The Lumix DMC-LS5 is an entry-level, AA battery-bearing point-and-shoot. The LS5 is most definitely a camera for beginners, relying on auto settings. It’s similar to the rest of the LS series: It’s small, it’s easy to use, and encourages users to explore the automatic scene settings–there’s no manual control over the aperture or shutter. But like competitor cameras of this design, there are more than a handful of shooting modes to choose from as well as intelligent scene selectors like Macro, Night Portrait, and Night Scenery. The most major departure from the rest of this lineup is the fact that it uses AA batteries, which means it’s likely to be quite affordable (pricing has yet to be announced).
As far as specs go, the LS5 compares nicely with most pocket cams in its price range – given that we’re correct to assume it will be pretty inexpensive. It has a 14.1-megapixel CCD sensor and 5x optical zoom with a maximum aperture of F2.8. Panasonic is promoting the low light performance of the LS5, and given its max aperture that’s a little surprising, but the sensor must be powerful enough to compensate.
The LS5 also includes optical image stabilization technology as well as 720p, 30fps HD video recording. It also comes equipped with YouTube and Facebook auto-uploading features and sports a 2.7 LCD screen (230K resolution).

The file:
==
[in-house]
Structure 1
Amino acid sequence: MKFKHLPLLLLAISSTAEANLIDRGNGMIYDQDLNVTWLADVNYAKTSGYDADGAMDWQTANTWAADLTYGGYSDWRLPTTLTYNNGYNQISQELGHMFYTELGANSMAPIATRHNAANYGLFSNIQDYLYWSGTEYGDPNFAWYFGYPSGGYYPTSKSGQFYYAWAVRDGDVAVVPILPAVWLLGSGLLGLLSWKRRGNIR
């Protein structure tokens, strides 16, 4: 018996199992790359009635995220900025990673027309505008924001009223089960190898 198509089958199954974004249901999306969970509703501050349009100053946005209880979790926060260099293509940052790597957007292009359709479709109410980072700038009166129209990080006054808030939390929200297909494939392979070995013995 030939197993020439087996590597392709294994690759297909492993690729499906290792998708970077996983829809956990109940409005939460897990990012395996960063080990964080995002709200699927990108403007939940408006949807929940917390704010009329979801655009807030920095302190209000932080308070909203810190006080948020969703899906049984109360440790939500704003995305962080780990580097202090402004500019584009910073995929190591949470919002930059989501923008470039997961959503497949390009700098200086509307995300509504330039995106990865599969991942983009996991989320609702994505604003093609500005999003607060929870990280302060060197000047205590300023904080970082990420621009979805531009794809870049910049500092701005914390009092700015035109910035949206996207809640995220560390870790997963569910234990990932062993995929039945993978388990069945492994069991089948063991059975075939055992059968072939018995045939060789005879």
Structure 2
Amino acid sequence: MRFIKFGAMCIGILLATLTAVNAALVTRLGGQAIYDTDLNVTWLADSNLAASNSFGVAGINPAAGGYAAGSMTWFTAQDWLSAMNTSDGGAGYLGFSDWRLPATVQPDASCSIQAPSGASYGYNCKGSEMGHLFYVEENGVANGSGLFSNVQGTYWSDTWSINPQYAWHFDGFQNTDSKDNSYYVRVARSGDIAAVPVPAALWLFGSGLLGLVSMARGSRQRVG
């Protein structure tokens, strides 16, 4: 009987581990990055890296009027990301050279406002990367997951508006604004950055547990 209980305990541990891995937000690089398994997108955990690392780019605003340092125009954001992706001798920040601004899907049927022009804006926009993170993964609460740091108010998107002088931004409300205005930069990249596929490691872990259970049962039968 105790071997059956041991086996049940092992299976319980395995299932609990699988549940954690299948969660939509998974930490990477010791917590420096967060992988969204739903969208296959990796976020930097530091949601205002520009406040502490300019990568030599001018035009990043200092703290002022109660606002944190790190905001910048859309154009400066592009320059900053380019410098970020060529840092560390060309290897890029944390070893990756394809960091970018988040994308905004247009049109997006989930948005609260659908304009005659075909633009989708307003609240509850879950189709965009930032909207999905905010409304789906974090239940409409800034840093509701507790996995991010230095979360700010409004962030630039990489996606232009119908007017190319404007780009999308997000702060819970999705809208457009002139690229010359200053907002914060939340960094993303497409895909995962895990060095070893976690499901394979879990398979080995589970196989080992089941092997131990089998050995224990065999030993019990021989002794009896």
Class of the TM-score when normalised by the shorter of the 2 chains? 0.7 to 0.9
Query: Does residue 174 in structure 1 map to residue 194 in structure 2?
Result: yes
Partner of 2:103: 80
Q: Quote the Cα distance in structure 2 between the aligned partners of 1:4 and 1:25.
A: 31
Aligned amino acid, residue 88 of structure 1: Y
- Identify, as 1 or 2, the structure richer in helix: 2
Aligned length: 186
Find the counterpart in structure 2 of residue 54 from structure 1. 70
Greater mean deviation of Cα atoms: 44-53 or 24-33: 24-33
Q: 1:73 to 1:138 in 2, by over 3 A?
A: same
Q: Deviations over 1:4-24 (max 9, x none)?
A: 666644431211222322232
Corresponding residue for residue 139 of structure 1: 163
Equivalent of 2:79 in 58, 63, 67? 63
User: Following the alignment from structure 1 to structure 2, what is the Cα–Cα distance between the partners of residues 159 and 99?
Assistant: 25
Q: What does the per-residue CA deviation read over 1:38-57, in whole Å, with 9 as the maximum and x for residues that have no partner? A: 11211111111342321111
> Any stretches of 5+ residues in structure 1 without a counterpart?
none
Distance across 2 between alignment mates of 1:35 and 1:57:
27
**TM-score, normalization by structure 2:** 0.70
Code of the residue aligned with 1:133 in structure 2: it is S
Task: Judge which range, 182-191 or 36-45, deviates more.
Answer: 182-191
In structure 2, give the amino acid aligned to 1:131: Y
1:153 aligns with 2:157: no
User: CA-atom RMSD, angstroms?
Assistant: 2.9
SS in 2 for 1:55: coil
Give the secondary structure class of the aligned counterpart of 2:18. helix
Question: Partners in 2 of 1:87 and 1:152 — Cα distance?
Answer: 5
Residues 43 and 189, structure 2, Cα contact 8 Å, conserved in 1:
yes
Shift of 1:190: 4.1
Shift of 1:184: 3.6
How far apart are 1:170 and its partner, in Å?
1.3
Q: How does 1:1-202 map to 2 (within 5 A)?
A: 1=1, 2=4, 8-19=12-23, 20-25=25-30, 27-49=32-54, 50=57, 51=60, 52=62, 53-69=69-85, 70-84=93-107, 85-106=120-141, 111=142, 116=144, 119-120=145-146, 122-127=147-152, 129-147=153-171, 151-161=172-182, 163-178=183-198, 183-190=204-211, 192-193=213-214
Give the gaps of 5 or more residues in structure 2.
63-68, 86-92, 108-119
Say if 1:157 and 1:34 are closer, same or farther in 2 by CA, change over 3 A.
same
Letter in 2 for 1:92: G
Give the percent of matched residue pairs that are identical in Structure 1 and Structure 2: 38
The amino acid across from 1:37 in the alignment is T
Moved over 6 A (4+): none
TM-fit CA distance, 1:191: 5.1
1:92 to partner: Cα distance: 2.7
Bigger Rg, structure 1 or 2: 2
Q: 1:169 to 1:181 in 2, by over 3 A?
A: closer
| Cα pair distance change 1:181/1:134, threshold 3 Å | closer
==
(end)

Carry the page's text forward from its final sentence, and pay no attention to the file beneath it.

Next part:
Panasonic is also bringing a more advanced camera to the table. The FZ47 follows up the FZ40 and offers a few improvements to the already popular camera. It might not have the hip-factor Panasonic’s interchangeable lens Lumix line is enjoying at the moment, but the high-zoom FZ series is about as professional as it gets at this price. It boasts a 24x optical zoom and a maximum aperture of F5.2. These features are made all the more useful by the “Sonic Speed” AF, which Panasonic says is about 35-percent faster than in the previous model. It also packs a 12.1-megapixel CCD sensor and a Venus Engine FHD processor, which aids its full HD video capture.
Photographers will have full manual control with aperture and shutter priority mode. But this doesn’t mean the FZ47 doesn’t have built in creative functions–and then some. In addition to 3D capture capability, the camera also includes filters like Pin Hole, High Key, Film Grain, High Dynamic, Miniature Effect…the list goes on.
The only knock we have against the FZ47 is that it can’t shoot in RAW, but the outlook is bright for this camera that will retail for what sounds like an extremely reasonable $399.99 beginning in August. See below for full specs.
- Weighs approx. 1-lb
- Dimensions (W x H x D): 4.74 x 3.14 x 3.63 inches
- F2.8-5.2 aperture
- 24x optical zoom
- 60-1/2000 second shutter speed (stills)
- 3-inch LCD screen (460k pixels)
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